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Hutchinson's silence 

The response of Gov. Hutchinson and other state elected officials to the massacre at the LGBTQ nightclub in Orlando, in the early morning on Sunday, July 12, 2016, has been feckless, hollow, minimal and obfuscating.

Hutchinson's silence

The response of Gov. Hutchinson and other state elected officials to the massacre at the LGBTQ nightclub in Orlando, in the early morning on Sunday, July 12, 2016, has been feckless, hollow, minimal and obfuscating. By his inactions, the governor has highlighted his timidity and cowardice. After the worst mass shooting in U.S. history, the governor has done nothing and said only that he is concerned about terrorist attacks on potential targets within the state. He is not concerned about violence against the LGBT community or the Latino community in Arkansas. He is not concerned that a gay couple might be beaten to death for holding hands or that an LGBT venue or event might be the next site of a mass shooting. Strikingly, in his minimal remarks the governor deliberately did not say that the 49 people killed and the 53 people wounded are lesbian, gay, bisexual or transgender and that Saturday night was Latin night at the Pulse gay nightclub. While hundreds of people lined up for hours to donate blood and millions of dollars were raised to help the victims and their families and the LGBT community in Orlando within three days of this hate crime and the airline JetBlue was flying the partners and families of any victims to Orlando at no charge, the governor of Arkansas, who is a former member of Congress and a former undersecretary at the U.S. Department of Homeland Security, failed us and failed to be a leader whom the state or the nation could be proud.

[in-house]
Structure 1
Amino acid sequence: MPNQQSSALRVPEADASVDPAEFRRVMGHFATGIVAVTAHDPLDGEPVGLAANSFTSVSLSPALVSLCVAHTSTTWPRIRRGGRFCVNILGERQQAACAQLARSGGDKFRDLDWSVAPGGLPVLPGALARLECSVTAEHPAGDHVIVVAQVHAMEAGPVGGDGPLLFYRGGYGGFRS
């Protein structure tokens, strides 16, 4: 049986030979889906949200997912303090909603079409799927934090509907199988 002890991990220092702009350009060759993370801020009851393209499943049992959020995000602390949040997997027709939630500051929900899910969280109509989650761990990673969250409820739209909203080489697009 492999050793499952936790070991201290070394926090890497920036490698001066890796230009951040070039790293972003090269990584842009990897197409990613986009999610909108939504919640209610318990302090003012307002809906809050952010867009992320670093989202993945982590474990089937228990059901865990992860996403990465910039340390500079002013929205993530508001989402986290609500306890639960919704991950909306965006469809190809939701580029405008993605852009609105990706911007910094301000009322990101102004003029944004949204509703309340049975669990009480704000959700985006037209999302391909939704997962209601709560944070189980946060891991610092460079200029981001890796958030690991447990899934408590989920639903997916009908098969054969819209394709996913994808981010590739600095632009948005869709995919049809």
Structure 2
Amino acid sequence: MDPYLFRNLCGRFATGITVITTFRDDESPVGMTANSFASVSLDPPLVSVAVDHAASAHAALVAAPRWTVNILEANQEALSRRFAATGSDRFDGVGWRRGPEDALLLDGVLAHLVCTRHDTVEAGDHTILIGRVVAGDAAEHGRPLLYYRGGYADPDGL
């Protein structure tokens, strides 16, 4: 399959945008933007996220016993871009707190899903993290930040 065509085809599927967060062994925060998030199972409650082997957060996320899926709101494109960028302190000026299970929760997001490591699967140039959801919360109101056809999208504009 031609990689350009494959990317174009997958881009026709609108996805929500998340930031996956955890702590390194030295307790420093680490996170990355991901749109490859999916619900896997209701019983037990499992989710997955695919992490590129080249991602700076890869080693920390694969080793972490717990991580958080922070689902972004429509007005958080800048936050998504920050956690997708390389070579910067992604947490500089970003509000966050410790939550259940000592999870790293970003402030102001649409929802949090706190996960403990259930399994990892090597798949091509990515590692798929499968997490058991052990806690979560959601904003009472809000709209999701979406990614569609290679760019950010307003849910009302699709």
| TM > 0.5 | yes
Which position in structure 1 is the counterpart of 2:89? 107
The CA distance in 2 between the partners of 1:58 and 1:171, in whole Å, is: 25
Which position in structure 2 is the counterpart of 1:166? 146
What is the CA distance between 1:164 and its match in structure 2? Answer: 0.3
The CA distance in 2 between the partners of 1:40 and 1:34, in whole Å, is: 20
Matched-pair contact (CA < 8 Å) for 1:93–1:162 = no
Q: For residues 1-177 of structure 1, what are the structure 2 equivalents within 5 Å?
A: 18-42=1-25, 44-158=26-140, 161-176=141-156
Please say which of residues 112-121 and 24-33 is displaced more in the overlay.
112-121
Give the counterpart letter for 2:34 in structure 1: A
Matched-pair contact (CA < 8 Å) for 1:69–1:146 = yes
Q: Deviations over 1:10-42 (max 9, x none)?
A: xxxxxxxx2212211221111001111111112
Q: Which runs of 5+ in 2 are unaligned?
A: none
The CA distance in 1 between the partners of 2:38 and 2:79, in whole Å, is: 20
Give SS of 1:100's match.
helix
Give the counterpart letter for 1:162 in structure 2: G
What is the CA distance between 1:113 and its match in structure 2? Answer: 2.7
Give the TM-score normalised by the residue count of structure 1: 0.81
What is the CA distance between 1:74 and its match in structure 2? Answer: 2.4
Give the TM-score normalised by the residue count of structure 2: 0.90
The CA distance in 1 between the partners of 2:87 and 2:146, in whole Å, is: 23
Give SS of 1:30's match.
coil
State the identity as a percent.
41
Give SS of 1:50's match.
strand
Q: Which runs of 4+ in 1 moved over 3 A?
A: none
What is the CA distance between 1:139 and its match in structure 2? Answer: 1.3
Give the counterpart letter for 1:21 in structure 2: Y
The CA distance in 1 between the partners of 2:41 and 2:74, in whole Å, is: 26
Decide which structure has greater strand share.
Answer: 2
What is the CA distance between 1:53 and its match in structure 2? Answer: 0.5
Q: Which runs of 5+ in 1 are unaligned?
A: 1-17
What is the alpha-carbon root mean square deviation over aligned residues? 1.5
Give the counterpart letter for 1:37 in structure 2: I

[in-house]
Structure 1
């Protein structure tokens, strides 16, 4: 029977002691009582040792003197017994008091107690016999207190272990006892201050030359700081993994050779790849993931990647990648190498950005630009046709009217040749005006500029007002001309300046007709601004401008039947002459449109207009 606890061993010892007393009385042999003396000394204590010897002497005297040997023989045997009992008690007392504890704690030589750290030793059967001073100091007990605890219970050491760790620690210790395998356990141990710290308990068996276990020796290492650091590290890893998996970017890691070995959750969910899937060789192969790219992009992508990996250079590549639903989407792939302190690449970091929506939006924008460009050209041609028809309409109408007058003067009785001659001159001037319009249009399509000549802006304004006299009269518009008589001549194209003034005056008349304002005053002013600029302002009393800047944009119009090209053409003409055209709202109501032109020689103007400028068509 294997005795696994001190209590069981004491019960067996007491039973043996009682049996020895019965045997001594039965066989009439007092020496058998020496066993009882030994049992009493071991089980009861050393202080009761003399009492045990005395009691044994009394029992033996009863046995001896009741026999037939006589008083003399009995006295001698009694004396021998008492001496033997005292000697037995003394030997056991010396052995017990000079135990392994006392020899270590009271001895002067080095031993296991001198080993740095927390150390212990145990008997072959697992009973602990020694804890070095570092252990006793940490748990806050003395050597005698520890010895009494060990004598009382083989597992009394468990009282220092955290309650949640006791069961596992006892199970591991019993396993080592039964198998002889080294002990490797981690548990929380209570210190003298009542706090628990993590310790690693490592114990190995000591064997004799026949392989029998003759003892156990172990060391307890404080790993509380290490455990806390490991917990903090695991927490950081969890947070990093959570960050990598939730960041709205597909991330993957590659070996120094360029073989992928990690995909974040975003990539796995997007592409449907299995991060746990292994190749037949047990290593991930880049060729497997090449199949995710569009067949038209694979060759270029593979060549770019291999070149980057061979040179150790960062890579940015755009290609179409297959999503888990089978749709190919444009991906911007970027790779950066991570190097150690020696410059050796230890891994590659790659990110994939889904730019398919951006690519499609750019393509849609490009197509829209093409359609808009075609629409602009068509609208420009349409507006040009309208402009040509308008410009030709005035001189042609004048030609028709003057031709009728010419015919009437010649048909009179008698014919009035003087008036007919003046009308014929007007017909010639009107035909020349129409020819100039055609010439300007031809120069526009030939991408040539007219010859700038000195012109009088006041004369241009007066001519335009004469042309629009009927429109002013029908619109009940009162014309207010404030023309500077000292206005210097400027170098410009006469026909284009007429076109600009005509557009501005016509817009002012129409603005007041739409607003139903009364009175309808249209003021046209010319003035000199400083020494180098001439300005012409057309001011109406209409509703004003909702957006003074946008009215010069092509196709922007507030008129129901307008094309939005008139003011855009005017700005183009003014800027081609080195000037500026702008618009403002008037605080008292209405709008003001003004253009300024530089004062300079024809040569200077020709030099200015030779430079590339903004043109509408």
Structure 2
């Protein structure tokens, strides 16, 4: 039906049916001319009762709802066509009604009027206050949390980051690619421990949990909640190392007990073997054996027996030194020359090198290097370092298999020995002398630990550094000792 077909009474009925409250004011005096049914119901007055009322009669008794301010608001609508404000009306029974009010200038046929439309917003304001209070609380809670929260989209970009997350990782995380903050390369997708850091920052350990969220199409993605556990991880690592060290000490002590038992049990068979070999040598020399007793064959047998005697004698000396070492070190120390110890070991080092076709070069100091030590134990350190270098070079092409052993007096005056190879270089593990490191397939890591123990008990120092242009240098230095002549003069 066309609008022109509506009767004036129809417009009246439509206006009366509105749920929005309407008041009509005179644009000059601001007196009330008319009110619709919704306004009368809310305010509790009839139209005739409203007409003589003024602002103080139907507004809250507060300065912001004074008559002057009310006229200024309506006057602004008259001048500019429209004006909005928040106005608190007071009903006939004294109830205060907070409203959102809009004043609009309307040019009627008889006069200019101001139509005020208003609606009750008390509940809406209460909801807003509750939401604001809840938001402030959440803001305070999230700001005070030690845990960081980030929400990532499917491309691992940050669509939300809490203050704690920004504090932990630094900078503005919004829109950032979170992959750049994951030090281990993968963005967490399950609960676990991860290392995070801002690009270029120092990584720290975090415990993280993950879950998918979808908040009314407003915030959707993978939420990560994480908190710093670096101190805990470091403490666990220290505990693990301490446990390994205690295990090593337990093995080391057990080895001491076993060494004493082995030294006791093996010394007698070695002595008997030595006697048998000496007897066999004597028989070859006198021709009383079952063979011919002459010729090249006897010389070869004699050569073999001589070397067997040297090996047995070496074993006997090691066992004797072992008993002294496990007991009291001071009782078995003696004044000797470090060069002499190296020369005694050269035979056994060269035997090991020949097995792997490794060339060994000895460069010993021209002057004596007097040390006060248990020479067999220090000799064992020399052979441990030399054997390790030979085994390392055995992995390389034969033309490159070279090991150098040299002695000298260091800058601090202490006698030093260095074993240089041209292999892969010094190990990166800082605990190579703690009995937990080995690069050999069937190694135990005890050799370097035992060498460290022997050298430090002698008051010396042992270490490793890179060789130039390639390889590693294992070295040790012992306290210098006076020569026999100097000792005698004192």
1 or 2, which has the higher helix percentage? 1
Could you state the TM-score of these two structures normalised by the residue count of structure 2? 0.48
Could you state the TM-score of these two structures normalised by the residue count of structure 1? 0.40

C.H. Henderson

Little Rock

The magic words

Hocus pocus, mumbo jumbo, higgity piggity, radical Islamic terrorism. Now throw in an alakazam! and a few hooahs and mumble this magic incantation, over and over, louder and louder, until you reach the same keening crescendo as a deranged village idiot or a presumptive presidential nominee.

But I repeat myself ...